When the wind blows, at least some of the six towering new turbines northwest of Madison spin and generate power — but not much.
They aren't at full power because late last year when Epic Systems hurriedly built the turbines along Highway 12, company officials didn't know Madison Gas & Electric would need to upgrade its equipment in order to accept power from the array, said Bruce Richards, Epic director of facilities and engineering.
The medical software manufacturer is now studying alternatives that include paying for improvements to Madison Gas & Electric equipment, or laying 16 miles of underground lines to send the juice straight to Epic's Verona campus, Richards said.
"We didn't know about the limitations when we launched the project," Richards said.
Epic planned and built the six 262-foot towers, each with three 135-foot blades, in four months in order to qualify for federal tax credits that were to expire by the end of 2012.
"You take a normal wind farm project and it's a year to two-year project," Richards said. "In eight months we'll still be ahead of most schedules."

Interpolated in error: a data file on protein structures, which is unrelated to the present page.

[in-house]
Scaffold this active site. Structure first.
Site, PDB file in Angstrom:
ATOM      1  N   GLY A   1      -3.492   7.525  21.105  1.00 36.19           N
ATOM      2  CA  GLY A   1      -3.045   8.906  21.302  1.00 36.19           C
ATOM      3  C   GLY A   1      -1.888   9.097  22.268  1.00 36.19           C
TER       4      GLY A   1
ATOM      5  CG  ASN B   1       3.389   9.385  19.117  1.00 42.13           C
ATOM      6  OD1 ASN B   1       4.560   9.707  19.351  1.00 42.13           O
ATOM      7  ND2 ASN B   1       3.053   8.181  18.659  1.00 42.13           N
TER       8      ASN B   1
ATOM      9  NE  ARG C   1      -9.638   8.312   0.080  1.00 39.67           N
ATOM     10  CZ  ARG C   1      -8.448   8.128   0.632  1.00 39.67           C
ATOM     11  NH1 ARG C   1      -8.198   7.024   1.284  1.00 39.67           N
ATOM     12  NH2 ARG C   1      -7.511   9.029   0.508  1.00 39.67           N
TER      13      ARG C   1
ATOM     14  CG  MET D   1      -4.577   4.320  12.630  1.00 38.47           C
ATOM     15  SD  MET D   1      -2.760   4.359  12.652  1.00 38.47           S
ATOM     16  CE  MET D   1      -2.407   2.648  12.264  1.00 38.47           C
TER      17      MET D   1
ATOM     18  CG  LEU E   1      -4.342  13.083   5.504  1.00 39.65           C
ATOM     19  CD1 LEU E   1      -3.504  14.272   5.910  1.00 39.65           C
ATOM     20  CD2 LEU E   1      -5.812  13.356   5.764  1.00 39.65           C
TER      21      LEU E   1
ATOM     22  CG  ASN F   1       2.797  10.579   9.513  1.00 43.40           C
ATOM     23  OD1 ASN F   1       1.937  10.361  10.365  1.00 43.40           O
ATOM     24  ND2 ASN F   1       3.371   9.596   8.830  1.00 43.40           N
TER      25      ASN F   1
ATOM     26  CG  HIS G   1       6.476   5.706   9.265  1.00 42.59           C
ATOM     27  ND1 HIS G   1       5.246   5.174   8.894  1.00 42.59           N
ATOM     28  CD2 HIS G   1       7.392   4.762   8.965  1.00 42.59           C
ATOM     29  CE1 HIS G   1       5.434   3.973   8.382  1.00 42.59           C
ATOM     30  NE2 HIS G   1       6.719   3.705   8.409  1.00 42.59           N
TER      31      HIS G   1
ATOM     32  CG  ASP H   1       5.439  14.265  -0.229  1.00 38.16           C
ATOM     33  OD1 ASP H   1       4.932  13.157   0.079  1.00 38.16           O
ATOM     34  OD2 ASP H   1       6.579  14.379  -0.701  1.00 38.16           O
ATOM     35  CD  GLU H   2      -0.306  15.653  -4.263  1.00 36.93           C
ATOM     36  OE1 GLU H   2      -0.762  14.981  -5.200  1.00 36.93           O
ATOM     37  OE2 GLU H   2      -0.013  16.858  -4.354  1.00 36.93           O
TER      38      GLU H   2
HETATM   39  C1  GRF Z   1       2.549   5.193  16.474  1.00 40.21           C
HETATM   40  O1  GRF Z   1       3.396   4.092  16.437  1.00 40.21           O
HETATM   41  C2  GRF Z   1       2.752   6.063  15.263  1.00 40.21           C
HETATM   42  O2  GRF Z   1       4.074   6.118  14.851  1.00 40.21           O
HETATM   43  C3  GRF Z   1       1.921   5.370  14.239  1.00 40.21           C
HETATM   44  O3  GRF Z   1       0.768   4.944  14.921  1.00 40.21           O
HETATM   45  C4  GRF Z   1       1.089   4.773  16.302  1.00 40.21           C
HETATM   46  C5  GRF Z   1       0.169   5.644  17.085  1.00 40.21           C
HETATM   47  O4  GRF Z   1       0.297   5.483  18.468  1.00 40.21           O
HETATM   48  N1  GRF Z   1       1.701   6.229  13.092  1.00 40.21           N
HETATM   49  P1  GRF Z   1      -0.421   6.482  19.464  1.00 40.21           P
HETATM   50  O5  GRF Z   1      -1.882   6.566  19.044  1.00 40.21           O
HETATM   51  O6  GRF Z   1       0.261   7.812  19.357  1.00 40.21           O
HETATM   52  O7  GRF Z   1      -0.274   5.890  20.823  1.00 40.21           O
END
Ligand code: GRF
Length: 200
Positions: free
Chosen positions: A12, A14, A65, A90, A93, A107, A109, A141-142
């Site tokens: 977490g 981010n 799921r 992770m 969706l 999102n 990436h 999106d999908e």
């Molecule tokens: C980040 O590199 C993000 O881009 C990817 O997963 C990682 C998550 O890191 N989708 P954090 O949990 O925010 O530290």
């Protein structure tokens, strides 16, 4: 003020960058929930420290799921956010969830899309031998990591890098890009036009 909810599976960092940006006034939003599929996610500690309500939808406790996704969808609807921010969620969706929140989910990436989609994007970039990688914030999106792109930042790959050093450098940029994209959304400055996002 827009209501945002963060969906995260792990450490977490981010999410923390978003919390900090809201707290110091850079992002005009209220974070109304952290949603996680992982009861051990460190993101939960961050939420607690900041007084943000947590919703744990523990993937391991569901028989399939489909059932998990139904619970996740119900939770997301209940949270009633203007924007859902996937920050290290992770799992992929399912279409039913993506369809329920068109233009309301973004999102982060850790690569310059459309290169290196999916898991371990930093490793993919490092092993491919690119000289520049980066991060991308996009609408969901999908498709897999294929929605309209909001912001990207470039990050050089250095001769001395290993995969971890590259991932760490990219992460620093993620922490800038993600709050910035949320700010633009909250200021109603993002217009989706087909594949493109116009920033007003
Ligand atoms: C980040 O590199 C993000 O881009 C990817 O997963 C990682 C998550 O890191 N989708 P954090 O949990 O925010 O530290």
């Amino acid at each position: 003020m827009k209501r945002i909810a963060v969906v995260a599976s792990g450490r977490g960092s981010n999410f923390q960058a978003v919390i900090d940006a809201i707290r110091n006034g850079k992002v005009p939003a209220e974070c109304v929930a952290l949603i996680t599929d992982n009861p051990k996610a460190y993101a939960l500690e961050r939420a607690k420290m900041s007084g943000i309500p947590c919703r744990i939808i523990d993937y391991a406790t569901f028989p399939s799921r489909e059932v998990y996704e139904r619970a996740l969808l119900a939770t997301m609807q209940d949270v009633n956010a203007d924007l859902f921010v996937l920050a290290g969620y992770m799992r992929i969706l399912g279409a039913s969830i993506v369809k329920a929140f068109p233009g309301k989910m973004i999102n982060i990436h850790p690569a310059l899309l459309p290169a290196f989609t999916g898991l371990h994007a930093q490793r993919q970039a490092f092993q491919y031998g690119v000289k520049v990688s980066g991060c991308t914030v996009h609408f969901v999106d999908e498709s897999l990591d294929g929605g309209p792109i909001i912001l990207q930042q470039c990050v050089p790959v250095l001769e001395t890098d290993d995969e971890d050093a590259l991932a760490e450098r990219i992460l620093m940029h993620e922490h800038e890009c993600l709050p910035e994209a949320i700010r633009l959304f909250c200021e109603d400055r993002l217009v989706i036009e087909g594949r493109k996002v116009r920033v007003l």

Epic qualified for the 2012 tax credits because the turbines were operational by the end of the year, even though they were creating about half-megawatt on average. Eventually they'll produce their full 9.9 megawatt capacity.
Richards wouldn't discuss costs, but he said a new tax credit in place for 2013 will help pay for the work needed to crank the array to full speed.
At least one previous effort to build turbines on the site in the town of Springfield failed because the developer wanted a higher rate than Madison Gas & Electric would pay.
Epic has an agreement to sell electricity to Madison Gas & Electric, but its terms are confidential, said utility spokeswoman Margaret Collins.
Richards said there isn't disagreement over the rate the utility is paying, just a problem in its capacity to accept 9.9 megawatts of wind power.